Paula – Cooking with Paula!:

In her 20Time Project, Paula decided to explore the world of professional baking.  With the help of a family friend who owns a bakery, Paula created her own pastries to be sold in the store, and got to experience the gratification of seeing her work generate a profit.  Her experience was documented on her website.

**Note:  Paula’s website is overall very impressive, she has a better profile than most adults I’ve seen!

Cole – Your Advocate for Religious Understanding:

Many people have heard false misconceptions on world religions given by society, such as “Muslims are terrorists” and that “Jews are rich and greedy.”  Cole, as a Mormon, has faced many misconceptions about his own religion and has seen other people have to live in a world of religious intolerance.  In his 20Time project, he set out to fix this problem on a small scale by creating a blog that shares the truth about these faiths.  You can view his blog and see how he writes about the truth behind the Mormon church and its misconceptions and features other world religions to help bring the world to be more religiously understanding, the key to tolerance.

Saleem and Luis – Feel the Music:

In relation to the flourishing industry that EDM/House music has become in the last lustrum, Saleem and Luis with their 20Time Project set out to explore this vast and exciting world of electronic music.  They created their own mixes in hope of shining a light onto this growing industry and the high involvement it has with our upcoming generation.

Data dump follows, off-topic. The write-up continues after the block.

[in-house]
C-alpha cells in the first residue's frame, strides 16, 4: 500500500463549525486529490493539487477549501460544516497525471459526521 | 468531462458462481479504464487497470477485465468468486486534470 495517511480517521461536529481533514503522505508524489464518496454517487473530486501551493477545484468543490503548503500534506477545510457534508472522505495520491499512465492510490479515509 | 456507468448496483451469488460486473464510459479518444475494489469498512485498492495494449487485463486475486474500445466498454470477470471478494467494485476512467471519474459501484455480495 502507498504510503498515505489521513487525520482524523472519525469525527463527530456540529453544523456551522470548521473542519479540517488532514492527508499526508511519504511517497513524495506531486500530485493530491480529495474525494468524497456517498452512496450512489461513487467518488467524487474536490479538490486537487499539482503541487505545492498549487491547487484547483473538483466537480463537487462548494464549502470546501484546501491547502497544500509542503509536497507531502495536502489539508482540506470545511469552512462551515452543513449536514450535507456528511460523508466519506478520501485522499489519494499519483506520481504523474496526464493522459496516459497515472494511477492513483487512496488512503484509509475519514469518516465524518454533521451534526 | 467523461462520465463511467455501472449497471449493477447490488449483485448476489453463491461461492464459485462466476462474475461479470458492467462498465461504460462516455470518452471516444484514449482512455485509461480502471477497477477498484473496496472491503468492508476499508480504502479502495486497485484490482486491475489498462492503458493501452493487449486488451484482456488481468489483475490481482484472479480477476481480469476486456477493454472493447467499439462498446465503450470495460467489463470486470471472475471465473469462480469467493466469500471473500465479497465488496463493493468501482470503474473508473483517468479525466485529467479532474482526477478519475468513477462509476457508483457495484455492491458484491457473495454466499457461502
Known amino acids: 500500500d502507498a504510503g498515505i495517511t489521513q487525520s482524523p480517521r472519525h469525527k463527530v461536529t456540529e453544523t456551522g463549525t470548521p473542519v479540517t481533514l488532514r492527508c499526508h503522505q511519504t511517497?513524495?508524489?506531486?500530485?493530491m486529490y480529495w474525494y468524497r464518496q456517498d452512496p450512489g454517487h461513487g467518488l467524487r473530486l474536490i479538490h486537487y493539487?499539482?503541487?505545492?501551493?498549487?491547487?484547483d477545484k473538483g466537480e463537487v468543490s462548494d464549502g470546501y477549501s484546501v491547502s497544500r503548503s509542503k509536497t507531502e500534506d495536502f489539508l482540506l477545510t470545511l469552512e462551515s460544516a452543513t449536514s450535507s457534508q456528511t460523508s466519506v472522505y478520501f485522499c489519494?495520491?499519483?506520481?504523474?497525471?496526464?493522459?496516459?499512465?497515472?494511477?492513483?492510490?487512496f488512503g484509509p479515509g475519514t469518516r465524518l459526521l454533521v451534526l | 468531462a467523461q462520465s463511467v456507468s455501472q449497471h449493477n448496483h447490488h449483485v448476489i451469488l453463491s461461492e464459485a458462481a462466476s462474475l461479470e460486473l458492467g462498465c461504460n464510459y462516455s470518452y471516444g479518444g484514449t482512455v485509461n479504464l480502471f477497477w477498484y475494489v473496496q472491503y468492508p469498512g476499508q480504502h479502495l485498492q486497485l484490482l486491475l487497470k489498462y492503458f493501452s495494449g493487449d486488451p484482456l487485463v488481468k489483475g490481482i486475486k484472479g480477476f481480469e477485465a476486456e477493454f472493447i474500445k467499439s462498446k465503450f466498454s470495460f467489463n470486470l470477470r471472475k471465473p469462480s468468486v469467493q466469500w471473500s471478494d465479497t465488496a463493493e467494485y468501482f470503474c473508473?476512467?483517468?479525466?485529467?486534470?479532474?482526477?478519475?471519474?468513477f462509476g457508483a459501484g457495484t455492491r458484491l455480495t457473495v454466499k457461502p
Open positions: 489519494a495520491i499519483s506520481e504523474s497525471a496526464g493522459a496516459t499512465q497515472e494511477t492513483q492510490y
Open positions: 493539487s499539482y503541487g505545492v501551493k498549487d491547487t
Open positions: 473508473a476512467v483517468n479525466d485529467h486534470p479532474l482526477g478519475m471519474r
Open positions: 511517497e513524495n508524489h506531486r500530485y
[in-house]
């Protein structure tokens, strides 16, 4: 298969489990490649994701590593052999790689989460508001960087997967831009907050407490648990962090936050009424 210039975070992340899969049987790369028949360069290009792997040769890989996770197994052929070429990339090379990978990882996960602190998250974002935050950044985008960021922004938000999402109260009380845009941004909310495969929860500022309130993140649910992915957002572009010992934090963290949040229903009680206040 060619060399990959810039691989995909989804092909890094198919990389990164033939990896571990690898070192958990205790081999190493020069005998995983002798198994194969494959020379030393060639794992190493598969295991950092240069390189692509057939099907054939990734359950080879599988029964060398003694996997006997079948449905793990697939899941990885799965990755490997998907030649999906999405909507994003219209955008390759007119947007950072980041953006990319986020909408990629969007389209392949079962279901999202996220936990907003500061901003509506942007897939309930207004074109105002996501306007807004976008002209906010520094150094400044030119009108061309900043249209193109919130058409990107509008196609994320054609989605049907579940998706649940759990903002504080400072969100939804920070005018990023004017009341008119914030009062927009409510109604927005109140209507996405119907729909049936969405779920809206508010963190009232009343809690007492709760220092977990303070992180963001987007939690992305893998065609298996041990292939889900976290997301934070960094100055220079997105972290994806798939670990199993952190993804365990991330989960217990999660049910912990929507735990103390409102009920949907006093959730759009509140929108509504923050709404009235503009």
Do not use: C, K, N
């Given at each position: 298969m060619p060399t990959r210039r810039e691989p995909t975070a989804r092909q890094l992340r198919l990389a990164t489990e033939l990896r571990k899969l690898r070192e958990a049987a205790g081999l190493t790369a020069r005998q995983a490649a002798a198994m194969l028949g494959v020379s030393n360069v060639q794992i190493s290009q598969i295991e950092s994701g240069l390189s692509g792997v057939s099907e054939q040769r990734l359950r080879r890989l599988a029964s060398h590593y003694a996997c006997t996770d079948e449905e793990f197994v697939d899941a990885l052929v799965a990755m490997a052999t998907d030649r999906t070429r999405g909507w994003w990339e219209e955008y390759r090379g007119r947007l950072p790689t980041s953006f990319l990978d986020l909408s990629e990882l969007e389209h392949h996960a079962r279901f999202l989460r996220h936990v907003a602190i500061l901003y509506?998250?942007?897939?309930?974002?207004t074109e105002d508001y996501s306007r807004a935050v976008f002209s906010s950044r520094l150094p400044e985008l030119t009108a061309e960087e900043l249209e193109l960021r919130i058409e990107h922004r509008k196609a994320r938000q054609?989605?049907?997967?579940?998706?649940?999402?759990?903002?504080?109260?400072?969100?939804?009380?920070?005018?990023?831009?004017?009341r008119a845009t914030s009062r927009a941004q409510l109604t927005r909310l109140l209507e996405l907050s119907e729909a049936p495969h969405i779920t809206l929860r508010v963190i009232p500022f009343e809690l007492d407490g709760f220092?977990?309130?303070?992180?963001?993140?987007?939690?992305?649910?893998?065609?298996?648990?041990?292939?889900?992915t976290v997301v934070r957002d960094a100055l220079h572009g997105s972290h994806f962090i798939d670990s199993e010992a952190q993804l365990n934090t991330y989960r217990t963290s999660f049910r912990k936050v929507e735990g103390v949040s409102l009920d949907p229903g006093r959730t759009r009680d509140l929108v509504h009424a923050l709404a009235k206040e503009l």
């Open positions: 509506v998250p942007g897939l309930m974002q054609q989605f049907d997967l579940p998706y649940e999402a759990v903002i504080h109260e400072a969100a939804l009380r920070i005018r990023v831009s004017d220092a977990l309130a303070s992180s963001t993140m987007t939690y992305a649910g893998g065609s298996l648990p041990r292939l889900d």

Suzy – Cooking Healthy Food

For her 20Time Project, Suzy chose to dedicate herself to the challenge of creating simple, healthy meals for one person, in an attempt to reduce individual food waste.  For this, she created a website to help provide the nutritional value of the meals she was cooking, as well as posted videos to teach you how to make them.

Nour – Khamisetas:

Ever since she could hold a pencil, Nour was in love with creating art.  Now, at the age of sixteen, she believes it is time to share her art with the world.  Throughout this experience she has explored the world of online merchandising and other ways to implement her art into products (such as t-shirts).  In Nour’s 20Time presentation, she will reveal the struggles and achievements encountered in her artistic journey.  Visit Nour’s Red Bubble page her to see the merchandise available.

Junilly and Valeria – It’s Time to Cook!: